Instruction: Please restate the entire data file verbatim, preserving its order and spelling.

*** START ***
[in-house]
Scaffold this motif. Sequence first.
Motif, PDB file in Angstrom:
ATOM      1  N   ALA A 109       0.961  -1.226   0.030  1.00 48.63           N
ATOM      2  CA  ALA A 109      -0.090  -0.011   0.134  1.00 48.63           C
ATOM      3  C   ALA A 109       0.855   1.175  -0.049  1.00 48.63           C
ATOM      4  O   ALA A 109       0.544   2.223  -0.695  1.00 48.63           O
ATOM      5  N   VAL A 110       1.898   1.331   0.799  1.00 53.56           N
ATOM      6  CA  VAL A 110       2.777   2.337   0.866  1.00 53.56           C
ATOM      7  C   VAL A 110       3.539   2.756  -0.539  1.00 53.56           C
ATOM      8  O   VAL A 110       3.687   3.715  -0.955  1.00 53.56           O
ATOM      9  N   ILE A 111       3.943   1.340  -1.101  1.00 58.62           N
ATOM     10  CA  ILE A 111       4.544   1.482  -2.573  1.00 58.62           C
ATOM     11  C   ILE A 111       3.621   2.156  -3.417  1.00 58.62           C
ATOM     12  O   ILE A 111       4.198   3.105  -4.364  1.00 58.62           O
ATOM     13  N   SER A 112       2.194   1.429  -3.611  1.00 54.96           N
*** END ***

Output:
[in-house]
Scaffold this motif. Sequence first.
Motif, PDB file in Angstrom:
ATOM      1  N   ALA A 109       0.961  -1.226   0.030  1.00 48.63           N
ATOM      2  CA  ALA A 109      -0.090  -0.011   0.134  1.00 48.63           C
ATOM      3  C   ALA A 109       0.855   1.175  -0.049  1.00 48.63           C
ATOM      4  O   ALA A 109       0.544   2.223  -0.695  1.00 48.63           O
ATOM      5  N   VAL A 110       1.898   1.331   0.799  1.00 53.56           N
ATOM      6  CA  VAL A 110       2.777   2.337   0.866  1.00 53.56           C
ATOM      7  C   VAL A 110       3.539   2.756  -0.539  1.00 53.56           C
ATOM      8  O   VAL A 110       3.687   3.715  -0.955  1.00 53.56           O
ATOM      9  N   ILE A 111       3.943   1.340  -1.101  1.00 58.62           N
ATOM     10  CA  ILE A 111       4.544   1.482  -2.573  1.00 58.62           C
ATOM     11  C   ILE A 111       3.621   2.156  -3.417  1.00 58.62           C
ATOM     12  O   ILE A 111       4.198   3.105  -4.364  1.00 58.62           O
ATOM     13  N   SER A 112       2.194   1.429  -3.611  1.00 54.96           N